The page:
Eleanor and Park - Rainbow Rowell
Synopsis: Eleanor is the new girl, the one with a disturbing family life, mismatched clothes and bright red hair. She sticks out without trying.
Park is the boy who sits at the back of the bus, absorbed in his music and a comic book. He thinks he can make himself invisible to those around him. But not to Eleanor. Slowly, the pair fall for each other through mix tapes and comics. They fall in love for the first time - when you feel if you have nothing and everything to lose.
Review: So I read this book because of what everyone else had been saying about it. Then, my best friend, Emma, read it and said it was just so, so good. AND then I knew it was time for me try this. I mean, this looked and sounded like a book I would love.
So I started reading it. And thought it was a bit...just not all that I guess. I was sitting there, wondering about the hype and thinking that maybe I shouldn't have bought this book, maybe I should have not followed the hype, wondering if I should put it down because Park was getting a little bit boring and there was Sarah Dessen's shiny new book on my bookshelf and-
Then, it hit me suddenly that I was actually utterly enjoying and loving every single word of this novel.
This book is unique in, oh, so many different ways. There's the characters of Eleanor and Park to start with, who connect so beautifully with one another but particularly, with a reader. As a teenager, they were echoing the things I had thought for years - the typical teenage angst, the mix of confusion and fear, the feeling that everyone judges you for every word you utter. These are unique, authentic and just charming characters that makes book lovers like myself remember why they love books to much. The narrative runs throughout as the reader tracks their relationship from alternative perspectives. The ending isn't perfect (another thing I loved) but let's face it, life isn't perfect anyway. Rainbow Rowell is one author to look out for!
I give it a 5 out of 5
Heartbeat - Elizabeth Scott
Review: Hm. I'm not sure how I feel about this one. In fairness, when I read this one, I was moving into university and going to bed at like 2am every day so this took a while to read...But I still don't think it was a brilliant book.
I've read a mixture of good and bad reviews for this one so I guess it's not JUST me. Elizabeth Scott was an author I always wanted to give a go, especially with many people saying she was similar to Sarah Dessen and we all know how much I like her books...
So when I finally had the opportunity to read something of hers, I was expecting great things...and this wasn't great.
I thought it was a good concept, I mean, it's a rare thing to happen but it's interesting to see the different character's reactions. I think there are two things that ruined it for me. Firstly, I hated Emma so much. She was so whiny, so negative and just plain boring at times. There is a lack of speech in this book which I think works negatively for the narrative. I just got bored of her narration going on and on. The second thing is that the romance between Emma and Caleb seemed so false and unrealistic, it was just too cliched, too awkward, too cringey. I just wasn't a fan.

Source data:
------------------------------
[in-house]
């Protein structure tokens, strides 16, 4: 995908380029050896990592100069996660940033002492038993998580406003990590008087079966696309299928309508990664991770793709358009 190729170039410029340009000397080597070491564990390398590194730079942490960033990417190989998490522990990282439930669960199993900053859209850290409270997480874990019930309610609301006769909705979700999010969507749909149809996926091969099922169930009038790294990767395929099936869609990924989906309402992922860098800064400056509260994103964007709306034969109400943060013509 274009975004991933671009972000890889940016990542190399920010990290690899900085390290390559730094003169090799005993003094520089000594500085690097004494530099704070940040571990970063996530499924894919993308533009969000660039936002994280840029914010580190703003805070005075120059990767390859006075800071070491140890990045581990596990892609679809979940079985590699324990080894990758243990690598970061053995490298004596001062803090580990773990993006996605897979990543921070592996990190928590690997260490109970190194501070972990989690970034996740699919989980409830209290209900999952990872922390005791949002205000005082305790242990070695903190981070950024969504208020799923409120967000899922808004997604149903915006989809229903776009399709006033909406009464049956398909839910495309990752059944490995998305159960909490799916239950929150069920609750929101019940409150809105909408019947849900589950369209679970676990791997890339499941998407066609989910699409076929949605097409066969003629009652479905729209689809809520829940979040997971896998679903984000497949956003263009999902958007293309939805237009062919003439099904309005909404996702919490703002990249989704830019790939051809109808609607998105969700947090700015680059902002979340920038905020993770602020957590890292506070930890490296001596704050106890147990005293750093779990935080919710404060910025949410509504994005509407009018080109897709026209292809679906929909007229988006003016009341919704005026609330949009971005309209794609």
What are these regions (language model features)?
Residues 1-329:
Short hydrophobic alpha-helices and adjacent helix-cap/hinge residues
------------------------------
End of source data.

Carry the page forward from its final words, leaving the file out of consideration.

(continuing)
I know Clover from Fluttering Butterflies LOVED this book, so maybe this is Marmite type of book - you either love it or hate it. But this book definitely wasn't for me. I liked the focus on family a lot, but there was too much I found negative to truly appreciate it. Sorry...
I give it a 3 out of 5
Witchstruck - Victoria Lamb
Synopsis: Meg bears a dangerous and powerful gift - she is a witch, which in 1554 England and in service to the banished Tudor princess, Elizabeth, it could never be more dangerous for her to practice her art. Entrapped in an old palace, there are suspicious eyes everywhere which, with one wrong move, could end both Meg's and Elizabeth's life. She cannot trust anyone. However, when everything turns against Meg, she must find someone to trust.
Review: I love history. I always have. Since specialising in Tudor history for my A-level History course, I've had a certain love for anything Tudor. I cringed a little bit when I read the blurb. I've never been much of a fan of paranormal stuff in literature, but I do love historical fiction and what girl doesn't like a dash of romance?
I thought this book would be ridden with moments where I was wincing at moments of cliches. But thankfully not.
I actually really enjoyed this book! The plot wove in the dangerous feelings of the time under Mary Tudor especially for those like Elizabeth and Meg. A lot of Tudor novels focus on the political intrigues and battles at court so it's refreshing to see a book which veers away from that and looks at the feeling outside of London and focuses on the adventures of Meg rather than the manipulation behind it all.
The characters are all unique particularly Meg and the male protagonist, Alejandro. The relationship between these two that progresses throughout the novel was one of the best parts and written in a way that a reader can believe, it is a relationship that reflects the time.
This books stands out to me out of all the historical novels I have read, particularly those aimed at Young Adults. It is refreshing to see a book that is not too cliche or samey to all the other historical novels out there, especially those set in the Tudor period. I really, really enjoyed this book, despite my reservations and I'm quite looking forward to finding out what happens next for Meg.
I give it a 5 out of 5